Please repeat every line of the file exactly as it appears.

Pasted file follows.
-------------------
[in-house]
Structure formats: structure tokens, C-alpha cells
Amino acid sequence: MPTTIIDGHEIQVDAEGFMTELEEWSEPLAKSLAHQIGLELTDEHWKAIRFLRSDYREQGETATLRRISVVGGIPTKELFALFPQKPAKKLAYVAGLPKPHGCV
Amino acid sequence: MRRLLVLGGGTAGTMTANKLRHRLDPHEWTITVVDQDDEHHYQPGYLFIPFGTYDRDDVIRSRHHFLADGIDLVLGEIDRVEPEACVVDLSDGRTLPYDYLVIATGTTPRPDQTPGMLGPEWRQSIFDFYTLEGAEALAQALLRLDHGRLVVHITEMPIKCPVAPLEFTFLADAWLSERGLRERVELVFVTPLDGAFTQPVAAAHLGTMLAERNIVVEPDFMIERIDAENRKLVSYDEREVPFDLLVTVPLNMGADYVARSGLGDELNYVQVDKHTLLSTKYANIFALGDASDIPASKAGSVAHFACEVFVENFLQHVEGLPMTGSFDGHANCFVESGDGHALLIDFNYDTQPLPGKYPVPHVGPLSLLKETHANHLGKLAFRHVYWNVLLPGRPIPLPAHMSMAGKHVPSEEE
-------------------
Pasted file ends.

[in-house]
Structure formats: structure tokens, C-alpha cells
Amino acid sequence: MPTTIIDGHEIQVDAEGFMTELEEWSEPLAKSLAHQIGLELTDEHWKAIRFLRSDYREQGETATLRRISVVGGIPTKELFALFPQKPAKKLAYVAGLPKPHGCV
Amino acid sequence: MRRLLVLGGGTAGTMTANKLRHRLDPHEWTITVVDQDDEHHYQPGYLFIPFGTYDRDDVIRSRHHFLADGIDLVLGEIDRVEPEACVVDLSDGRTLPYDYLVIATGTTPRPDQTPGMLGPEWRQSIFDFYTLEGAEALAQALLRLDHGRLVVHITEMPIKCPVAPLEFTFLADAWLSERGLRERVELVFVTPLDGAFTQPVAAAHLGTMLAERNIVVEPDFMIERIDAENRKLVSYDEREVPFDLLVTVPLNMGADYVARSGLGDELNYVQVDKHTLLSTKYANIFALGDASDIPASKAGSVAHFACEVFVENFLQHVEGLPMTGSFDGHANCFVESGDGHALLIDFNYDTQPLPGKYPVPHVGPLSLLKETHANHLGKLAFRHVYWNVLLPGRPIPLPAHMSMAGKHVPSEEE